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French forces hunt Charlie Hebdo massacre suspects

French police stop a passing car in Longpont, northern France, on Jan 8, 2015, during searches as part of an investigation into a deadly attack the day before by armed gunmen on the Paris offices of French satirical weekly Charlie Hebdo.

[PARIS] Elite French security forces deployed helicopters in a night-time manhunt Thursday for the two brothers accused of slaughtering 12 people in an Islamist attack on satirical magazine Charlie Hebdo in Paris.

Hundreds of armed police and paramilitary forces combed through an area in the Aisne region near where the fugitives had earlier robbed a petrol station and abandoned their getaway car.

The gunmen were thought to be behind Wednesday's bloodbath at Charlie Hebdo magazine, the worst terrorist attack in France for half a century, which they said was revenge for the weekly's repeated publication of cartoons mocking the Prophet Mohammed.

Around 24 hours into the manhunt, the brothers were identified after holding up a village petrol station, 80 kilometres (50 miles) from Paris, before fleeing again, possibly on foot and still armed with at least a Kalashnikov, police said.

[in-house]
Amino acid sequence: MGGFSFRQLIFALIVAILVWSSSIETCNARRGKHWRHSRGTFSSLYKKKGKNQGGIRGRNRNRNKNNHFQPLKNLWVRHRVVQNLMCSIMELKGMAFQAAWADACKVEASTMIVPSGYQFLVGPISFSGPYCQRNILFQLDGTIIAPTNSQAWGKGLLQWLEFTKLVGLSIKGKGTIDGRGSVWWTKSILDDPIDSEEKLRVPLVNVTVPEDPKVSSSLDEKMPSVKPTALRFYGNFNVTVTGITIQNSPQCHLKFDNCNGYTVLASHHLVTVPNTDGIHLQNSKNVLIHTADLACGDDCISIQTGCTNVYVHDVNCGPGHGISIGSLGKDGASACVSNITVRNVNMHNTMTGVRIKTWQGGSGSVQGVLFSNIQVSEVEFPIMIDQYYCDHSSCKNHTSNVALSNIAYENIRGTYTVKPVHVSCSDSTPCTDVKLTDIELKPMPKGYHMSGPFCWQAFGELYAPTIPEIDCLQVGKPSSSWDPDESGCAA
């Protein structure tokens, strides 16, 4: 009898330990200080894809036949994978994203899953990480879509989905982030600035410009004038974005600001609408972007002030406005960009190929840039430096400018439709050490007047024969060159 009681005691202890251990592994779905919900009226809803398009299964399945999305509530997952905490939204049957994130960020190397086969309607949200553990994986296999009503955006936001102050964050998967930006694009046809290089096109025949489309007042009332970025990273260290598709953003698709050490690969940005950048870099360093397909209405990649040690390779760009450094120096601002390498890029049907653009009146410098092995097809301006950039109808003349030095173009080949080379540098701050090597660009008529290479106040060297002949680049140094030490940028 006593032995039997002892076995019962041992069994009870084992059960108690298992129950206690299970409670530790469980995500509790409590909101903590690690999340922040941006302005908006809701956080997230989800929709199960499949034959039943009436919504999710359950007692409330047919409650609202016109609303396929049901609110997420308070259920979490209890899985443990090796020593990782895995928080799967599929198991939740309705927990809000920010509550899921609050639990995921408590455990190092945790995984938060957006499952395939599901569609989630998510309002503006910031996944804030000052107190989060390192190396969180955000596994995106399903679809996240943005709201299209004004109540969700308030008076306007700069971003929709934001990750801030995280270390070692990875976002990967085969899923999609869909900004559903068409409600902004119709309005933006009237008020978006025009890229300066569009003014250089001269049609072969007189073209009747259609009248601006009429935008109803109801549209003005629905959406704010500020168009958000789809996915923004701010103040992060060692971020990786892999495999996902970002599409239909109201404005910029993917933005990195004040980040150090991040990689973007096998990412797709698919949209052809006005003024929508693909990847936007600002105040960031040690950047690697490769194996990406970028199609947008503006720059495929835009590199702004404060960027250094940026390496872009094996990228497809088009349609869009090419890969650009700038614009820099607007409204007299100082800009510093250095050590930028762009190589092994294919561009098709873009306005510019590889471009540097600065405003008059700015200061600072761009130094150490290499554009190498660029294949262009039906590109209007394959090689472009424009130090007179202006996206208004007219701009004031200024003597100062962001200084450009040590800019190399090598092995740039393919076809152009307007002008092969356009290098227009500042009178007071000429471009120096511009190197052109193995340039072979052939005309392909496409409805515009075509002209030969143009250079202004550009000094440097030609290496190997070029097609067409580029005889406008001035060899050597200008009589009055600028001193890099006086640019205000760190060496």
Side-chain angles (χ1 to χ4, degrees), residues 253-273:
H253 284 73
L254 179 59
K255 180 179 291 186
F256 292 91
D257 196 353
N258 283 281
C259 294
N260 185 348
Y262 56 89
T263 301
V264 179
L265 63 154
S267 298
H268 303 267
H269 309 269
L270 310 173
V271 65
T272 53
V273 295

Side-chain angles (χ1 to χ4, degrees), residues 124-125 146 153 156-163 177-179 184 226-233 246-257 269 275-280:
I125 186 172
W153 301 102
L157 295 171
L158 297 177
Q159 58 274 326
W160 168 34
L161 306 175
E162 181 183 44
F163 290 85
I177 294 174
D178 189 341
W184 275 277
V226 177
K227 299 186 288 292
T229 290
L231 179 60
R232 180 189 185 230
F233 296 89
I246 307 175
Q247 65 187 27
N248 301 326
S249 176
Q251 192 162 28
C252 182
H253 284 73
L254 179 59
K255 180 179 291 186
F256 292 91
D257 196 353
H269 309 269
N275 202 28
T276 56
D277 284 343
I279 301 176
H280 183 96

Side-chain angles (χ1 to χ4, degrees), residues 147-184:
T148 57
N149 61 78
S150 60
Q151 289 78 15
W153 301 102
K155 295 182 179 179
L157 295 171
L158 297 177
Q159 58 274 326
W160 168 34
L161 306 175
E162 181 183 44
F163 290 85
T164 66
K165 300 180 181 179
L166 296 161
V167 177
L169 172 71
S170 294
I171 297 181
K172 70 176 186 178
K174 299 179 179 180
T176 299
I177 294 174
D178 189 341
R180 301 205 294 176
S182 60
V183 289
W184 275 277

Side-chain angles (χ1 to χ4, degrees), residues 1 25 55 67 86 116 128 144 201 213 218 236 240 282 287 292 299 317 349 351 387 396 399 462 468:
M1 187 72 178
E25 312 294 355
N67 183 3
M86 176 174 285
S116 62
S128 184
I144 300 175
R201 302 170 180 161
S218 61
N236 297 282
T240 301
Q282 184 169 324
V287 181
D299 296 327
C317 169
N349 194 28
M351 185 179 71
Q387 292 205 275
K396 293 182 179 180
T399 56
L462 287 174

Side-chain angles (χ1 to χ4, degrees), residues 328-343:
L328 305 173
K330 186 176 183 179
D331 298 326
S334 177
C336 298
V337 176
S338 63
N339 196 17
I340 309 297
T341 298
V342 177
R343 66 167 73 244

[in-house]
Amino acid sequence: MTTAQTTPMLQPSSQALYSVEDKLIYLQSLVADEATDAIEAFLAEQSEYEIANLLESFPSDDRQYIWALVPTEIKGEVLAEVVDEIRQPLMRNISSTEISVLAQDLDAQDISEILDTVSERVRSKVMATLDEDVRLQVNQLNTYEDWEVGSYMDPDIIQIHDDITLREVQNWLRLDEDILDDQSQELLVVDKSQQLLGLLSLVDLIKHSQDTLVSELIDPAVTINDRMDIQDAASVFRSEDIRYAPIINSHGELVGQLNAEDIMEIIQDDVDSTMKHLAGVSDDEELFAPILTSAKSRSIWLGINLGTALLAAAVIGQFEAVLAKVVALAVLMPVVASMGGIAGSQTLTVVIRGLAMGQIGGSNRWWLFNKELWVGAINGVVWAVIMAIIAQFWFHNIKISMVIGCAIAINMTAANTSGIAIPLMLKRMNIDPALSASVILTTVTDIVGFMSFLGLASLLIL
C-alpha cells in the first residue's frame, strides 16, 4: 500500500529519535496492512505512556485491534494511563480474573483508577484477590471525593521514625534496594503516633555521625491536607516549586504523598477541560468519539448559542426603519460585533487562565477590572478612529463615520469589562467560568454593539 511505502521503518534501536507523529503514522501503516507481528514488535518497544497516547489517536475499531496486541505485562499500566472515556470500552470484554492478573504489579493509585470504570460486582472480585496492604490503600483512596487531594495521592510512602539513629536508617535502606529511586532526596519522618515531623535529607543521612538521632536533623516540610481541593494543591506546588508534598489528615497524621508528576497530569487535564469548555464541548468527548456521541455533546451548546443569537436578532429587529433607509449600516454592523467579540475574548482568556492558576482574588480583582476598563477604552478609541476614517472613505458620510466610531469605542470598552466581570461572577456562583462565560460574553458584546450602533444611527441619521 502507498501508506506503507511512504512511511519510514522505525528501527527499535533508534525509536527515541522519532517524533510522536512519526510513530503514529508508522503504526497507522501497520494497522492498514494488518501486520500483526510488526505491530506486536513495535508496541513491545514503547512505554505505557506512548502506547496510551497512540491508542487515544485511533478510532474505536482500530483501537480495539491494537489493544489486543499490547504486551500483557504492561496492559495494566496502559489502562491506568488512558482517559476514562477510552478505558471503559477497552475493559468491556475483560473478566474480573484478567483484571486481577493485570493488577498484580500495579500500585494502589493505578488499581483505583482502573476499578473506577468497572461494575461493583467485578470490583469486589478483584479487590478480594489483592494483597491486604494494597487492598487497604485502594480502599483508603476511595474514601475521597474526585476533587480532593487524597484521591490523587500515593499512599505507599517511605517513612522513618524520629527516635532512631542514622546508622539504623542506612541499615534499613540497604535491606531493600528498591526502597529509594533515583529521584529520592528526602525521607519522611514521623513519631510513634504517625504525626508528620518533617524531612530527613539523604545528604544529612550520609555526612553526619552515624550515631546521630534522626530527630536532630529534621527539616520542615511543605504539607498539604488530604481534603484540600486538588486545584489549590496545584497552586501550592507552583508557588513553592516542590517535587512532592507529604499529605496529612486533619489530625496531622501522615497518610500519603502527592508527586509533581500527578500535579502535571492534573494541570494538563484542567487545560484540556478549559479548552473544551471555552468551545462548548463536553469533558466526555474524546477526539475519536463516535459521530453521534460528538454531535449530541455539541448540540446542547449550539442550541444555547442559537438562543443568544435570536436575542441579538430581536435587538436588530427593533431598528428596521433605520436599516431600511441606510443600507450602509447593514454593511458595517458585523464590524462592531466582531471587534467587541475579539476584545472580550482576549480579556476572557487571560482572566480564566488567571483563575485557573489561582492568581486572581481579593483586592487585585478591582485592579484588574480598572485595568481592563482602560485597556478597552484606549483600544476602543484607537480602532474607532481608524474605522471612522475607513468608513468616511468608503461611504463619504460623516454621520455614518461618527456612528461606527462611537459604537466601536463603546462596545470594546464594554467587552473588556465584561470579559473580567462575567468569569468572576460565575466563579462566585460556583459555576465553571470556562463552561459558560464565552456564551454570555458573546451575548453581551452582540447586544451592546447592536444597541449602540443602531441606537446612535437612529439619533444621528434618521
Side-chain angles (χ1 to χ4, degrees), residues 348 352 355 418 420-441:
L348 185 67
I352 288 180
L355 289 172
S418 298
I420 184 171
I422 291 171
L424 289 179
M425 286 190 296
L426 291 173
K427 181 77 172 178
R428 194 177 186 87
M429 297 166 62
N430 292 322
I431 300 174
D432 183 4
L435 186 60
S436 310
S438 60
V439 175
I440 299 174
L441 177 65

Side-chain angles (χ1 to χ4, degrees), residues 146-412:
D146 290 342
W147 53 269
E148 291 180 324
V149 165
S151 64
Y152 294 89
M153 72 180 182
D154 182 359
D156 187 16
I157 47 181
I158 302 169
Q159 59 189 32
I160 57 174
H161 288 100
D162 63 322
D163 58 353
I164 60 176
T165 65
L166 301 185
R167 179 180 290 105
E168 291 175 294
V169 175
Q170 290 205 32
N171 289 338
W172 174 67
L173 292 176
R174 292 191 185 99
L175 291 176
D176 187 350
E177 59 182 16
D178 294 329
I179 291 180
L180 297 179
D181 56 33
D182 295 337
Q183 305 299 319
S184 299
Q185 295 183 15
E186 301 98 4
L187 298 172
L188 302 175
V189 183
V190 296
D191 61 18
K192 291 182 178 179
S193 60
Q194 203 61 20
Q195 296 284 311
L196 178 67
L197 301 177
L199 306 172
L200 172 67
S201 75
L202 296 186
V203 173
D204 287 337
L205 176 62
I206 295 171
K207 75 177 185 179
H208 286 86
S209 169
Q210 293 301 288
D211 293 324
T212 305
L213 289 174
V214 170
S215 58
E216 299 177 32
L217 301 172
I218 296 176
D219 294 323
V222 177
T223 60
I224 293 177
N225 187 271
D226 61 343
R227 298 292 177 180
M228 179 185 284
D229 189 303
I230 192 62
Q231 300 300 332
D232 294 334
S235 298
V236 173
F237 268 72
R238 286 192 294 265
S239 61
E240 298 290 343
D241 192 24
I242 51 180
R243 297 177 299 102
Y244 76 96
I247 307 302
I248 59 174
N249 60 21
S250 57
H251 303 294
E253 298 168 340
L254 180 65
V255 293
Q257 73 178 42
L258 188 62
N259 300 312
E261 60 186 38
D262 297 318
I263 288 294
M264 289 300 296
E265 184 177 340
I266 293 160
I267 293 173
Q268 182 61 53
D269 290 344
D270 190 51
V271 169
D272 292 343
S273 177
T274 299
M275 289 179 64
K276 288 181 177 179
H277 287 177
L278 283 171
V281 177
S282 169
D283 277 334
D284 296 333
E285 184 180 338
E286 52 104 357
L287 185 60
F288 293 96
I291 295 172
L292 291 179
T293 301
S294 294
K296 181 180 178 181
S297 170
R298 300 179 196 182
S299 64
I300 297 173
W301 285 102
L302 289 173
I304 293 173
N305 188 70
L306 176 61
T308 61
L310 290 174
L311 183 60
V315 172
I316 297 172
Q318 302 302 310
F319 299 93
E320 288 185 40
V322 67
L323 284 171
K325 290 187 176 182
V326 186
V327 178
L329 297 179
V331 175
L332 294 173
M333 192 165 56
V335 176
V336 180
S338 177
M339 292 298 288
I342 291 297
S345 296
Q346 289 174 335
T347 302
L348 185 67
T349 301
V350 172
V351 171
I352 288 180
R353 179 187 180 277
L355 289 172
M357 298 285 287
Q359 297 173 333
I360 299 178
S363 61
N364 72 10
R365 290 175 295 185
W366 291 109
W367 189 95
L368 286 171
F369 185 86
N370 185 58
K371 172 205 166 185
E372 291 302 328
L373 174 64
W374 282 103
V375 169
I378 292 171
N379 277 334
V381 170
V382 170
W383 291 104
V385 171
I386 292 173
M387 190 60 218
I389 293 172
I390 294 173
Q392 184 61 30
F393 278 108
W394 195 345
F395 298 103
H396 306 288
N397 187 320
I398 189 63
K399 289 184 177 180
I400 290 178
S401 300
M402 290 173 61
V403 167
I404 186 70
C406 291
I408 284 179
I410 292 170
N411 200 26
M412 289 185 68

Special police units rushed to the scene, where a maximum security alert was declared in addition to the capital.

Moving methodically, officers in heavy black bulletproof vests searched garden huts and garages, rifles at the ready, under the nervous eyes of local residents. An AFP reporter saw them storm one house.

Every failed search only added to the mounting tension.

"I live near the woods," said village resident Roseline, a grandmother. "I'm afraid. Night is falling and they could be hiding nearby." Islamic State, the militant group sowing terror across swathes of Iraq and Syria and calling for global jihad, hailed the brothers as "heroes" on its Al-Bayan radio station.

In a further sign of the attackers' motives, a source close to the case said that Molotov cocktails and jihadist-style flags had been discovered in another getaway vehicle used by the attackers and abandoned in Paris.

French Interior Minister Bernard Cazeneuve announced that an international meeting on terrorism would take place in Paris on Sunday, including US and European officials.

As the dramatic chase unfolded, bells tolled across France at midday, public transport paused and people gathered outside the headquarters of Charlie Hebdo in pouring rain with banners reading "Je Suis Charlie" (I am Charlie).

Several thousand people gathered in Paris late Thursday, hours after groups of people right across the country stood at midday to mark a minute of silence. Television footage showed children at a Muslim school in the northern city of Lille holding up sheets of paper emblazoned "not in my name".

Across the world, crowds gathered from Moscow to Washington under the banner "I am Charlie" to show support for the controversial magazine, seen by supporters as an emblem of free speech.